Creating a Work Culture to Retain Top Employees

1/5/2018

Written by Brooke Thomas


You’ve finally acquired a staff that’s capable and talented enough to help your business soar. Now you have to make sure you do your best to keep them around. Ensuring the satisfaction of good employees is not an easy task, but after all of your hard work and effort building your dream team, taking the steps to ensure your company is one that creates satisfied employees will be well worth it. Here are a few tips to help you get started in making your office the envy of the workforce.



  1. Establish clear company goals as well as the expectations you require of your employees.

A motivated and tenacious team is an employer’s dream come true, but imagine the frustration that team encounters when they lack clear goals or direction. They will leave a company faster than you can complete an onboarding process (which we discuss farther down). Do not mistake autonomous leadership for deficient management. Know the trajectory of your company and let that path define the duties and tasks of your team. A job description that is carefully planned and considered is an important part of establishing exactly what you expect of your new employee and making sure you’re clearly communicating what you expect of them.


  1. Hire the right people for the job.

In an effort to cover the duties of an employee who leaves, it’s easy to quickly hire someone who may not be the best fit for a company. If you want to hire top talent, take your time. Even though it may be difficult in the short-term, it will benefit your company in the long-term to hire strong candidates from the start. When you make the mistake of hiring the wrong person, it takes more of your resources and time in the long run anyway.


  1. Fire the wrong people the job and enforce consequences for poor performance and behavior.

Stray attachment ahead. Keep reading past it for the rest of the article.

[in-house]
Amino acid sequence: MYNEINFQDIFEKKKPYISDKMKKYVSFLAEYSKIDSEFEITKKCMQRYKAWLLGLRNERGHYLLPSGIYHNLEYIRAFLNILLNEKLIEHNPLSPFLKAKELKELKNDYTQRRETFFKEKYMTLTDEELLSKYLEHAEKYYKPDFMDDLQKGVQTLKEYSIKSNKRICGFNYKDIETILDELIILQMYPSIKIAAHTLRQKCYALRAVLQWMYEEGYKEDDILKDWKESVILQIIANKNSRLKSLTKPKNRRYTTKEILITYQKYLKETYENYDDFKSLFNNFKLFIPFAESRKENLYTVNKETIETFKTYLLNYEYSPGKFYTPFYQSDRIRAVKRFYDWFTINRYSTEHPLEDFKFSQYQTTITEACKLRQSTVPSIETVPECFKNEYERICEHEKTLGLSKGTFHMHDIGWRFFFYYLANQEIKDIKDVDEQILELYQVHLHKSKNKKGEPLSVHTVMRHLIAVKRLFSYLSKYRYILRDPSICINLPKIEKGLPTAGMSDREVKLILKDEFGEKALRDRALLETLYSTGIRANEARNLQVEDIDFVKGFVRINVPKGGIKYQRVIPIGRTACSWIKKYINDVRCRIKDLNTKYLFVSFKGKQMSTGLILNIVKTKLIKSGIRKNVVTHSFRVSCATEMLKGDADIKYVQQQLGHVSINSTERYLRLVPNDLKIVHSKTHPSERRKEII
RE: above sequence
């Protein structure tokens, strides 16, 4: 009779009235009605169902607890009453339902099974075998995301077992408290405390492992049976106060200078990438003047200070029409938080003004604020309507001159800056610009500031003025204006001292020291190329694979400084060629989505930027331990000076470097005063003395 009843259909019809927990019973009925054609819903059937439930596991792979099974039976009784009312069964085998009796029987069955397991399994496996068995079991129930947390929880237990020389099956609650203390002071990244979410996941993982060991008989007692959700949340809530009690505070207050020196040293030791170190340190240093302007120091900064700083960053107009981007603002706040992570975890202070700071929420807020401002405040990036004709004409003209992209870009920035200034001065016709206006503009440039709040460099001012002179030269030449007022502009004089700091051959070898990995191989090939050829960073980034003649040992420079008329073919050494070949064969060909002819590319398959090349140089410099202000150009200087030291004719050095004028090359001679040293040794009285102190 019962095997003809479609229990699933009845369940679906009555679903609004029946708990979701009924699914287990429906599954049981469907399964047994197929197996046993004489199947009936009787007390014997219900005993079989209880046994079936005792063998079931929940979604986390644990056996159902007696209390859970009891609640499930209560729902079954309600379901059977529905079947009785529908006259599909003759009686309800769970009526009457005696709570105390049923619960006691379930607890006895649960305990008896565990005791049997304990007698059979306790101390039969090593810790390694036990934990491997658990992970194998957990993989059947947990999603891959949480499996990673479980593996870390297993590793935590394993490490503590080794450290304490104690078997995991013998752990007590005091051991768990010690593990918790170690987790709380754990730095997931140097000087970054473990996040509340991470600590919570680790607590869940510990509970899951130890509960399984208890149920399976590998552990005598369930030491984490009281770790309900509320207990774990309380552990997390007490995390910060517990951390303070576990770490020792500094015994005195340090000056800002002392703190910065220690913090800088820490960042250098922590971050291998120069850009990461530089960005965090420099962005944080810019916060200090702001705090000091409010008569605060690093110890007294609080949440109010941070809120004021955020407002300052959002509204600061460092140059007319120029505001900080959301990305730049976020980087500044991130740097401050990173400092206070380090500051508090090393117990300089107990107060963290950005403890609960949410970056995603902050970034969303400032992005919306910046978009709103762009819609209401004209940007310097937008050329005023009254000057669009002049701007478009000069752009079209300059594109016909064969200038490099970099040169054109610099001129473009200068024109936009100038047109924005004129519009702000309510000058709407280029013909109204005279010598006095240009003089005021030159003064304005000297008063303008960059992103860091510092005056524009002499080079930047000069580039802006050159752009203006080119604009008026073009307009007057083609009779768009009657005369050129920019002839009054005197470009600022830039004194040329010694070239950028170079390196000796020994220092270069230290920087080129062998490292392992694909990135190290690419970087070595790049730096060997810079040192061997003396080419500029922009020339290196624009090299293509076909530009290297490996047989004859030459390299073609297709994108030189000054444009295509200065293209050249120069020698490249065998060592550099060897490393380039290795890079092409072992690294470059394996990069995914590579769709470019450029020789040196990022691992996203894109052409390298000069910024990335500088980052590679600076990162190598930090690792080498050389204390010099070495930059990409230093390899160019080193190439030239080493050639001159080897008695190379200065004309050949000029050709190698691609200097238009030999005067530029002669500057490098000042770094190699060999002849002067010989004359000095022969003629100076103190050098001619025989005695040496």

You know what bothers good employees more than anything? Keeping bad employees around, particularly bad employees who create a toxic environment. If you’re tempted to keep poor performers and/or difficult staff, remember that your good employees may not stick around. It’s your job to make a positive work environment for your staff. Good employees know that they are valuable and able to get work somewhere that they don’t have to deal with lazy, stressful or hateful coworkers.


  1. Have a rock-solid onboarding process.

First impressions are lasting impressions. No, this isn’t a ploy to promote a self-help book, it’s simply the truth. Have a strong onboarding process that lasts through the new-hire’s first year. Employees who experience a great onboarding process are more likely to stay at a company. Plus, it’s an opportunity to share what’s important to a company such as values, staff, history, goals and vision. Don’t skimp out on your onboarding process, it’s your chance to introduce your business to new employees and to show them how much you genuinely care about them.


  1. Create an atmosphere where it’s comfortable to communicate honestly and openly.